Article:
No. Look closely at the top part of layer C. The top part of layer C is on top of part of layer D. That tells us that layer C is younger than layer D.
  4. D

    Yes! This one is a bit tricky, because of the way the rocks were formed. Layer D formed first, as a flat, horizontal layer. Erosion weathered the left part of D away, forming a sloping hillside. Image the photo with layers A, B, and C erased, and it looks like a sloping hillside.

    Next, a nearby volcano erupted, spewing out lots of volcanic ash. The ash covered the hillside, forming layer C.

    Next, lava from the volcano flowed down over the ash, forming layer B.

    Later, the volcano erupted again, depositing another layer of volcanic ash to form layer A. After that, layer A was covered by another layer of lava, and then another layer of volcanic ash.

    So A is the youngest, followed by B, then C, and D is the oldest.



Click to see which state standards this question tests, and which of my videos, experiments, and other resources support that topic.

Florida


SC.7.E.6.3 Identify current methods for measuring the age of Earth and its parts, including the law of superposition and radioactive dating.

Utah


UT.8.III.3.c Explain why some sedimentary rock layers may not always appear with youngest rock on top and older rocks below (i.e., folding, faulting).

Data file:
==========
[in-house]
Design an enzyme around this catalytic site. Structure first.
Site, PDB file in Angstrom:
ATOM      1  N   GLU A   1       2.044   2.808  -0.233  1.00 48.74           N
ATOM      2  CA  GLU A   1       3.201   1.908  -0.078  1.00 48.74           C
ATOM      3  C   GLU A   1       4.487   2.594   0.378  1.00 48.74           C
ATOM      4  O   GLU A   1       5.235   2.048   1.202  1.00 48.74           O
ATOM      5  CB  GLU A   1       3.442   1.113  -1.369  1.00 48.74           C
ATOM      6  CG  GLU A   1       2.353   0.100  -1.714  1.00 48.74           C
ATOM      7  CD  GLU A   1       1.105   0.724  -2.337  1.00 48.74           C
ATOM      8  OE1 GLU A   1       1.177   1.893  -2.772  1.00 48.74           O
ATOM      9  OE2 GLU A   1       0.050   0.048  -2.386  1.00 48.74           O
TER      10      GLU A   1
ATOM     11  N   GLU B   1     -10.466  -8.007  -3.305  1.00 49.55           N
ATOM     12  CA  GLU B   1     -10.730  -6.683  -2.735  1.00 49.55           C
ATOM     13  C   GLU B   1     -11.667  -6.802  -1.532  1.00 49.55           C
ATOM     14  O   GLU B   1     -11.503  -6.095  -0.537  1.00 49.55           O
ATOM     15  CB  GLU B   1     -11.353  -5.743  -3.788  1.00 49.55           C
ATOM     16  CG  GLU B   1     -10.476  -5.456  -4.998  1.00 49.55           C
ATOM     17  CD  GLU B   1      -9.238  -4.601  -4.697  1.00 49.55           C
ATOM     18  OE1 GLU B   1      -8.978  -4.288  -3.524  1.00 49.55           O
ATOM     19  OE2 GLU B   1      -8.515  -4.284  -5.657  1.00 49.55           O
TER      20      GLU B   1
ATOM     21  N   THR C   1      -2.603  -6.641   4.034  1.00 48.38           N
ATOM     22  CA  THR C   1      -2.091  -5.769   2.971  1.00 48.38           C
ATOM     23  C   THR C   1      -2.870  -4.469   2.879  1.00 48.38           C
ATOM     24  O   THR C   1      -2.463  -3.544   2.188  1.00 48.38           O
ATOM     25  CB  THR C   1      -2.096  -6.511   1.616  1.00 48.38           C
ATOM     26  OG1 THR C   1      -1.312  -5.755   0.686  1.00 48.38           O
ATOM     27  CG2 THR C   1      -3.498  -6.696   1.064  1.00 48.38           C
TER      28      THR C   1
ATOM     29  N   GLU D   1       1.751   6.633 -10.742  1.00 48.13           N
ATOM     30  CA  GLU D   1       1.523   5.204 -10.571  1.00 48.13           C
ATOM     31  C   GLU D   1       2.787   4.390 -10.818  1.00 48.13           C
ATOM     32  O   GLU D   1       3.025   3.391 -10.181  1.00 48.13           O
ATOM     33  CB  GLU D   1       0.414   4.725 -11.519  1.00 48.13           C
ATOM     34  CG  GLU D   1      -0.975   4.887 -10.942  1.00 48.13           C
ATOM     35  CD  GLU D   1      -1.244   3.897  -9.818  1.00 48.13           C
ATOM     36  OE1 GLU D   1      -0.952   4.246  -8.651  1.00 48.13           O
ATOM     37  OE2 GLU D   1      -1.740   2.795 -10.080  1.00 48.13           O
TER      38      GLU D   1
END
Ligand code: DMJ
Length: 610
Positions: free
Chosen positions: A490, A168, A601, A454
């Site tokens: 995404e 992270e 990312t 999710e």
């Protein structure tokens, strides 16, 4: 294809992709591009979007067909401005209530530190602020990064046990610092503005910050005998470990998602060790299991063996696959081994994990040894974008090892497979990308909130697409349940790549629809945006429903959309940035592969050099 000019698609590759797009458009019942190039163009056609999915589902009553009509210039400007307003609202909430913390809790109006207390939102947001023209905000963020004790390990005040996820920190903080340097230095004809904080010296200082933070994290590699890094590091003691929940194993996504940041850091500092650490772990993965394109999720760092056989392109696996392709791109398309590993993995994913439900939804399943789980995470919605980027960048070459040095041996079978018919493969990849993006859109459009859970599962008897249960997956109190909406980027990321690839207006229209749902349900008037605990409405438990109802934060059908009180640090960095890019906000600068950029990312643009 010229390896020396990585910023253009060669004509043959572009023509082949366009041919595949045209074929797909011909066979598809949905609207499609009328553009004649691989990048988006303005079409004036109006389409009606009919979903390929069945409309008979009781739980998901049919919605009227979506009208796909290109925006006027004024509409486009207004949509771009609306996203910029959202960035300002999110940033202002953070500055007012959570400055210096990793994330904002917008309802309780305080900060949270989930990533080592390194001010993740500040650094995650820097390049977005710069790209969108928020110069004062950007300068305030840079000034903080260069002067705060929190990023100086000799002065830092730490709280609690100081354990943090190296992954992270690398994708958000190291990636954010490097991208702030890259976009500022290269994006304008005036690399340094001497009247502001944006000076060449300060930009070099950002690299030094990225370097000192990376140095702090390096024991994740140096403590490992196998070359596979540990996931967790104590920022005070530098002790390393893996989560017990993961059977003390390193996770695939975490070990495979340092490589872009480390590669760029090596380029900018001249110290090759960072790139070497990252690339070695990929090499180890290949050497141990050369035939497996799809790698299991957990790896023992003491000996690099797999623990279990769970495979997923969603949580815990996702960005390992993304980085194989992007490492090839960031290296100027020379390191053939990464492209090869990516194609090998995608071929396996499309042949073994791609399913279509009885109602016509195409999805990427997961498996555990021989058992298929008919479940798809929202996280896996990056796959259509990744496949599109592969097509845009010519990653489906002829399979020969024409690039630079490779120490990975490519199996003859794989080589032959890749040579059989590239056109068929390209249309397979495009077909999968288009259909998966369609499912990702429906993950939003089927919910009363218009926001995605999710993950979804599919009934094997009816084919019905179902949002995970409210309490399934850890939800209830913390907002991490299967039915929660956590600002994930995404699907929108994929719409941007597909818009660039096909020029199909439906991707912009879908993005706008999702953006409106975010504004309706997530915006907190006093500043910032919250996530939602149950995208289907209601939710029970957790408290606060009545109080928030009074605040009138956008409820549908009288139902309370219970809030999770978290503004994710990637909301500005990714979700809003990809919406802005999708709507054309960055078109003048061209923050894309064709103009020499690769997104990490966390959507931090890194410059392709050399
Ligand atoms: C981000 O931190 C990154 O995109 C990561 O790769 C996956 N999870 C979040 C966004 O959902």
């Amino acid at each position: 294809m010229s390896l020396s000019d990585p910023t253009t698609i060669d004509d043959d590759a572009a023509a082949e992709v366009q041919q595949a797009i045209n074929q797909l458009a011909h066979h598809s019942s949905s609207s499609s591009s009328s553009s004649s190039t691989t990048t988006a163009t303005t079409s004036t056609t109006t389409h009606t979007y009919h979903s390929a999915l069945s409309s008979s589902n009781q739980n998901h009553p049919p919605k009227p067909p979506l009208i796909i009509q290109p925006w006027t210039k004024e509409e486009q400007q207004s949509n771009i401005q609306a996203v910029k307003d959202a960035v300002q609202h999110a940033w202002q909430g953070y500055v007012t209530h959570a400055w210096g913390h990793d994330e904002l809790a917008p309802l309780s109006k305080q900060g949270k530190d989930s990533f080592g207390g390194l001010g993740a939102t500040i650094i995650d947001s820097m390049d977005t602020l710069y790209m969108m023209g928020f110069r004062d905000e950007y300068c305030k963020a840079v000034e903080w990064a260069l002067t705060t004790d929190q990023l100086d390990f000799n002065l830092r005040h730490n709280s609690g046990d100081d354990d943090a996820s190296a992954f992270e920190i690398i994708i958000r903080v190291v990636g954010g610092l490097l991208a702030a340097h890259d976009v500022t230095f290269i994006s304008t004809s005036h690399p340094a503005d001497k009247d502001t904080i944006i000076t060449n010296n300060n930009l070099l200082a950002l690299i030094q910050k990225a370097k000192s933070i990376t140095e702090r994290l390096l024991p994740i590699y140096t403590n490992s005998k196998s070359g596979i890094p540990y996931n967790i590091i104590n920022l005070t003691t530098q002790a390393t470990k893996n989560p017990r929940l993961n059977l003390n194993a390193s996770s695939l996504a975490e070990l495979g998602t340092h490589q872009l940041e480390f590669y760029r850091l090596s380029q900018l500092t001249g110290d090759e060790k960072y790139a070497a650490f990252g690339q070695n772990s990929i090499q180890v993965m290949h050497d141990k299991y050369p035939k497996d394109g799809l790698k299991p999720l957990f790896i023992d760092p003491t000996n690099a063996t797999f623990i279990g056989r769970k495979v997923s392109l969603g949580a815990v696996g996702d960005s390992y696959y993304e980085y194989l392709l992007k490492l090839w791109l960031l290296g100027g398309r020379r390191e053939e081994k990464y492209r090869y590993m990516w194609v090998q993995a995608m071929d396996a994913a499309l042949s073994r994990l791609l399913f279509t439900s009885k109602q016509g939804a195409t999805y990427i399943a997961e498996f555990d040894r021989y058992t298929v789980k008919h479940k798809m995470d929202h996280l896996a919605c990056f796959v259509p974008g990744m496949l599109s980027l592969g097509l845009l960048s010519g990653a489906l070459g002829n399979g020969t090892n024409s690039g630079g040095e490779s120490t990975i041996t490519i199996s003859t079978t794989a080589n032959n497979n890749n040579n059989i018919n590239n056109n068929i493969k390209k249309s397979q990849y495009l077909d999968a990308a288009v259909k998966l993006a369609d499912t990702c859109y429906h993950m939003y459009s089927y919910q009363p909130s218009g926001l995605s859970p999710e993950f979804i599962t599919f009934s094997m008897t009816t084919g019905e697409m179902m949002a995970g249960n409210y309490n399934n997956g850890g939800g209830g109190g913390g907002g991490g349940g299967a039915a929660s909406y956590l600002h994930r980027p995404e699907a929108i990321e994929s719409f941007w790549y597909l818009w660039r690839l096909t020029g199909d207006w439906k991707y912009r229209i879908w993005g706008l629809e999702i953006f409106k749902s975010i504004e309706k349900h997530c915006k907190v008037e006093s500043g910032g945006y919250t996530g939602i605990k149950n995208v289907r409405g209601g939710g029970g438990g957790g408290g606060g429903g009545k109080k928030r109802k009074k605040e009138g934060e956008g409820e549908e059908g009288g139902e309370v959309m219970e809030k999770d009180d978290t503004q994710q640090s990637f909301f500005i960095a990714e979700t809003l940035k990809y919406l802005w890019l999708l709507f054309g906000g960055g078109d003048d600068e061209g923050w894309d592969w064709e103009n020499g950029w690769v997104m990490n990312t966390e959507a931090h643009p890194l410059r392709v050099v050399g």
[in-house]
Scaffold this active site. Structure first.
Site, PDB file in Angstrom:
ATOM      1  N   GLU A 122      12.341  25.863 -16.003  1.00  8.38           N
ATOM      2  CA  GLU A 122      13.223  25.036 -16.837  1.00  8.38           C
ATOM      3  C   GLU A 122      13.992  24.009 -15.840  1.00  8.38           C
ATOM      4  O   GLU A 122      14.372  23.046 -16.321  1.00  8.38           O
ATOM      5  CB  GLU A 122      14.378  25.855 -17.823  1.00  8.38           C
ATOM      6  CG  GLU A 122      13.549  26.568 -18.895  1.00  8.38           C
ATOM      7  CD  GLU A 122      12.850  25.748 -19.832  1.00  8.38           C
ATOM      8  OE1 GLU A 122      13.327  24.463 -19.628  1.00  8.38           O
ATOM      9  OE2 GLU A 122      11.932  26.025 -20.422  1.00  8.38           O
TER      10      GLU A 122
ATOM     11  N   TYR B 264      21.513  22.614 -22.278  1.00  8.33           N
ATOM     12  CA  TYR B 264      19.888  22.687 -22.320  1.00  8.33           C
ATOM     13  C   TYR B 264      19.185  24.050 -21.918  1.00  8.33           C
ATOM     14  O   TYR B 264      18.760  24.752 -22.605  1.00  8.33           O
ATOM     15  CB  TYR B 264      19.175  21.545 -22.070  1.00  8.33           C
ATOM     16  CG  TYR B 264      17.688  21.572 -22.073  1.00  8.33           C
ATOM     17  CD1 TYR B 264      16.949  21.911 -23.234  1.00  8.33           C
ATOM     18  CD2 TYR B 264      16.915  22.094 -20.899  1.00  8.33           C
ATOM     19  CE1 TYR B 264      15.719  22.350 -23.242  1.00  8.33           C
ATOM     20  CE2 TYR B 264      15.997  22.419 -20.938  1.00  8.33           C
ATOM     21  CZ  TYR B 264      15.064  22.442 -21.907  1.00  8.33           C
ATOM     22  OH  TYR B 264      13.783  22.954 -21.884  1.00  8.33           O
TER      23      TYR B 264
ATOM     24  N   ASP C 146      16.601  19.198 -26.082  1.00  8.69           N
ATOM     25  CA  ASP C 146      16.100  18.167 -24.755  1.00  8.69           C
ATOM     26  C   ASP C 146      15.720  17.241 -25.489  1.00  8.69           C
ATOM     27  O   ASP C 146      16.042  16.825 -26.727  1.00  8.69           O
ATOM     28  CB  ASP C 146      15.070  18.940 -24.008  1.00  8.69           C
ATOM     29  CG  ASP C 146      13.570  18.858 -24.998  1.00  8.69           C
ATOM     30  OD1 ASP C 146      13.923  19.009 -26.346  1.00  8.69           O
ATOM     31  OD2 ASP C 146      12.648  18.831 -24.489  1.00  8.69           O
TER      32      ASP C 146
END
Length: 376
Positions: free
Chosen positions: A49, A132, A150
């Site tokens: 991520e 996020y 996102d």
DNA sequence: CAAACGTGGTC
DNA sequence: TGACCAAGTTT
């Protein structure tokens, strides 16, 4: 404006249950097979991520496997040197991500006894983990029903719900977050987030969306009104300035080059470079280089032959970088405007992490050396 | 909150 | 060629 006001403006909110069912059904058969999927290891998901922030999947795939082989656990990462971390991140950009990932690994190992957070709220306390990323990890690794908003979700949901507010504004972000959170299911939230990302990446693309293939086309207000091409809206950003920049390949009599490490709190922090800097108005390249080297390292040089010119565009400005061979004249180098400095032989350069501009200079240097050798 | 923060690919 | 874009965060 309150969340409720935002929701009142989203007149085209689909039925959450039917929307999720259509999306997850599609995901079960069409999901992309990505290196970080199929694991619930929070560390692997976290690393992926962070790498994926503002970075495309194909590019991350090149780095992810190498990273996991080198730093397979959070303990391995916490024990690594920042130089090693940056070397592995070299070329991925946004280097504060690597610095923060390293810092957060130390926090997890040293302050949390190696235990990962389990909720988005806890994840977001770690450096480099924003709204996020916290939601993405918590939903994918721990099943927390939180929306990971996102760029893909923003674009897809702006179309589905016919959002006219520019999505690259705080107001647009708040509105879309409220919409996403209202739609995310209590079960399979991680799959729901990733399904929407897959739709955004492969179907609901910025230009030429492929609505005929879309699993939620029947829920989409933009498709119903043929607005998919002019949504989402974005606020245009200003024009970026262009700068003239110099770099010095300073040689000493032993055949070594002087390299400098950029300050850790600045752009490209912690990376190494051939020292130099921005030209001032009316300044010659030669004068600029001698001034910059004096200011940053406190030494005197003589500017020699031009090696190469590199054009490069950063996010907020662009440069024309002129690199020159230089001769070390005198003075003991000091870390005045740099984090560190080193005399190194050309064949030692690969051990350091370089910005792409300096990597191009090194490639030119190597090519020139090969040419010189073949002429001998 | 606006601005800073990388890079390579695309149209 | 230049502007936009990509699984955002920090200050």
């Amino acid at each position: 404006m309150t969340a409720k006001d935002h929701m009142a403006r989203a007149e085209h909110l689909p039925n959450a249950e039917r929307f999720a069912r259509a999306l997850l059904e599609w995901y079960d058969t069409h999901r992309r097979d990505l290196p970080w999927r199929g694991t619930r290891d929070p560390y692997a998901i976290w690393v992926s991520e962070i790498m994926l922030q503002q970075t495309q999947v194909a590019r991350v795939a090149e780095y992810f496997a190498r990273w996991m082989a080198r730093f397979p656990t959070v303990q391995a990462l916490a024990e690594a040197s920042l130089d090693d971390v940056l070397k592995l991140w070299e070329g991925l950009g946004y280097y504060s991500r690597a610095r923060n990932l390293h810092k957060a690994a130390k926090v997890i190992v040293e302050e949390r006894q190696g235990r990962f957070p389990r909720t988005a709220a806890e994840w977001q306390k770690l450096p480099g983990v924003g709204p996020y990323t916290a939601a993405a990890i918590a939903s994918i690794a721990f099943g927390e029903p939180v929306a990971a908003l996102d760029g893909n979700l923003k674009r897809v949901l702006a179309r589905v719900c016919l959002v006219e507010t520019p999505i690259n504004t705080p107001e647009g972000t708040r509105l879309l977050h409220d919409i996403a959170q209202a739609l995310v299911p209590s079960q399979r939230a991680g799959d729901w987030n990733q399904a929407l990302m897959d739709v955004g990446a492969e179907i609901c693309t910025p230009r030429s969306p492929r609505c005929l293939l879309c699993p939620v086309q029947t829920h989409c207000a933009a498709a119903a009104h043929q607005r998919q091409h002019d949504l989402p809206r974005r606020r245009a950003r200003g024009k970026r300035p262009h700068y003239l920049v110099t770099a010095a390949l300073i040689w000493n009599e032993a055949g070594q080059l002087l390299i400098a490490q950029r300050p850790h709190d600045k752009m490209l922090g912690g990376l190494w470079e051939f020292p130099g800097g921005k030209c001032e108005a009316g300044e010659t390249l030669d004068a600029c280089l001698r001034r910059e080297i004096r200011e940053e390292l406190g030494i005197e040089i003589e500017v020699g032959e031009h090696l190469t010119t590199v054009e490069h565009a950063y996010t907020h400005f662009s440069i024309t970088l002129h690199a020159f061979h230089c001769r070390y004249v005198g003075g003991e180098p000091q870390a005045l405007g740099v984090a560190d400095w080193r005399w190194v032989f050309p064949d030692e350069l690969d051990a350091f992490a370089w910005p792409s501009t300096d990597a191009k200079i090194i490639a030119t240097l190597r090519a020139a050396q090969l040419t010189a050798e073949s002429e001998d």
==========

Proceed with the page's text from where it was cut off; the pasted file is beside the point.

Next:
NGSS


4-ESS1-1 Identify evidence from patterns in rock formations and fossils in rock layers to support an explanation for changes in a landscape over time.

Which organ produces insulin to control blood sugar levels?

  1. Liver

    No. The liver produces bile, which digests fats.
  2. Gall Bladder

    No. The gall bladder stores the bile produced by the liver.
  3. Pancreas

    Yes! The pancreas produces insulin.
  4. Thyroid

    No. The thyroid produces several hormones which control growth and metabolism, but it does not produce insulin.



Click to see which state standards this question tests, and which of my videos, experiments, and other resources support that topic.

Florida


SC.2.L.14.1 Distinguish human body parts (brain, heart, lungs, stomach, muscles, and skeleton) and their basic functions.

SC.5.L.14.1 Identify the organs in the human body and describe their functions, including the skin, brain, heart, lungs, stomach, liver, intestines, pancreas, muscles and skeleton, reproductive organs, kidneys, bladder, and sensory organs.

SC.6.L.14.5 Identify and investigate the general functions of the major systems of the human body (digestive, respiratory, circulatory, reproductive, excretory, immune, nervous, and musculoskeletal) and describe ways these systems interact with each other to maintain homeostasis.

Utah


UT.7.III.2.c Relate the structure of an organ to its component parts and the larger system of which it is a part.

NGSS


MS-LS1-3 Use argument supported by evidence for how the body is a system of interacting subsystems composed of groups of cells.

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See which questions, videos, experiments, and other resources support each of your local science standards.